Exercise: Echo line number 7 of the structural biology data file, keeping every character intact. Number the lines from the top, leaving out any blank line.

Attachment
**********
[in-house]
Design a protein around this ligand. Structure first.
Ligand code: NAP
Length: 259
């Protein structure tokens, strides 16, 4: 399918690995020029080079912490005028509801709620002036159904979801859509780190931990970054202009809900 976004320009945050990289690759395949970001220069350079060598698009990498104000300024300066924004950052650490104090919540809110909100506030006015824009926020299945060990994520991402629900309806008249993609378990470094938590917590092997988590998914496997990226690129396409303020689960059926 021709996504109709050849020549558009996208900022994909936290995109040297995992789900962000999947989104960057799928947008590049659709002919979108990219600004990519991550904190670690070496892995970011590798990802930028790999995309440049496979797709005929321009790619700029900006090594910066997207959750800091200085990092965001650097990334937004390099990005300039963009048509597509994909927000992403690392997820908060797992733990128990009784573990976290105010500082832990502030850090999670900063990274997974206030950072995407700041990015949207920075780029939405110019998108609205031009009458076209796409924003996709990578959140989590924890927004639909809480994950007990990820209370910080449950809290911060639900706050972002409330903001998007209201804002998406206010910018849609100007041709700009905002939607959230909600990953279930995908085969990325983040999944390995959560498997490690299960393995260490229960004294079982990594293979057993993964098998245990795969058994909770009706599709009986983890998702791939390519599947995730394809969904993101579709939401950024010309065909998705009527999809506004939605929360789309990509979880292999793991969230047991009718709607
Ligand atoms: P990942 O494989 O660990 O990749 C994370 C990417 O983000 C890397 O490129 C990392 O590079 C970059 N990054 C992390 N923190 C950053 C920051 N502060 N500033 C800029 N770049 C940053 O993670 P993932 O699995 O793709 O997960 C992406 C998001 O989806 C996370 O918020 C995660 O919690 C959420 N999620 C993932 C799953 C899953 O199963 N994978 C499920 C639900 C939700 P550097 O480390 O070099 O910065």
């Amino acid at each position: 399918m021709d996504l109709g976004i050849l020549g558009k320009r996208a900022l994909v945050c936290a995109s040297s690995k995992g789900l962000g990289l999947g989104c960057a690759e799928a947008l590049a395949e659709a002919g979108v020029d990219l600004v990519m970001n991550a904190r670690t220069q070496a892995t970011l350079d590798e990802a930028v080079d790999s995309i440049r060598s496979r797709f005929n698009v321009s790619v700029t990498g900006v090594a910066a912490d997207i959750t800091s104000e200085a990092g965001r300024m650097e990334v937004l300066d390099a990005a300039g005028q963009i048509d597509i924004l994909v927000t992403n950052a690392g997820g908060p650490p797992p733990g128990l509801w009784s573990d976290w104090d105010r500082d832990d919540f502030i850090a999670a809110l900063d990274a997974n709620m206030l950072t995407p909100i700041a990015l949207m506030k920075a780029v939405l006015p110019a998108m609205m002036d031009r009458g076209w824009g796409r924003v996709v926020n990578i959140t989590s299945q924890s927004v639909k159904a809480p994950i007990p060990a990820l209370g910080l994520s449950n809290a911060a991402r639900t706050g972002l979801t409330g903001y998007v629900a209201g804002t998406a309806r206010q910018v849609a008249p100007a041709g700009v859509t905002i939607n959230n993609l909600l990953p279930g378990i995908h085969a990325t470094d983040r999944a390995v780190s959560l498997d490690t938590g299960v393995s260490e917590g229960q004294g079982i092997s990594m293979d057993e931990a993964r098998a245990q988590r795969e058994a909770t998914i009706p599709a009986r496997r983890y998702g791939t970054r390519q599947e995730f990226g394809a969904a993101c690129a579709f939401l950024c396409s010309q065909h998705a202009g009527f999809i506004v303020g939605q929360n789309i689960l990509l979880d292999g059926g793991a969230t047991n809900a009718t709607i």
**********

């Amino acid at each position: 399918m021709d996504l109709g976004i050849l020549g558009k320009r996208a900022l994909v945050c936290a995109s040297s690995k995992g789900l962000g990289l999947g989104c960057a690759e799928a947008l590049a395949e659709a002919g979108v020029d990219l600004v990519m970001n991550a904190r670690t220069q070496a892995t970011l350079d590798e990802a930028v080079d790999s995309i440049r060598s496979r797709f005929n698009v321009s790619v700029t990498g900006v090594a910066a912490d997207i959750t800091s104000e200085a990092g965001r300024m650097e990334v937004l300066d390099a990005a300039g005028q963009i048509d597509i924004l994909v927000t992403n950052a690392g997820g908060p650490p797992p733990g128990l509801w009784s573990d976290w104090d105010r500082d832990d919540f502030i850090a999670a809110l900063d990274a997974n709620m206030l950072t995407p909100i700041a990015l949207m506030k920075a780029v939405l006015p110019a998108m609205m002036d031009r009458g076209w824009g796409r924003v996709v926020n990578i959140t989590s299945q924890s927004v639909k159904a809480p994950i007990p060990a990820l209370g910080l994520s449950n809290a911060a991402r639900t706050g972002l979801t409330g903001y998007v629900a209201g804002t998406a309806r206010q910018v849609a008249p100007a041709g700009v859509t905002i939607n959230n993609l909600l990953p279930g378990i995908h085969a990325t470094d983040r999944a390995v780190s959560l498997d490690t938590g299960v393995s260490e917590g229960q004294g079982i092997s990594m293979d057993e931990a993964r098998a245990q988590r795969e058994a909770t998914i009706p599709a009986r496997r983890y998702g791939t970054r390519q599947e995730f990226g394809a969904a993101c690129a579709f939401l950024c396409s010309q065909h998705a202009g009527f999809i506004v303020g939605q929360n789309i689960l990509l979880d292999g059926g793991a969230t047991n809900a009718t709607i």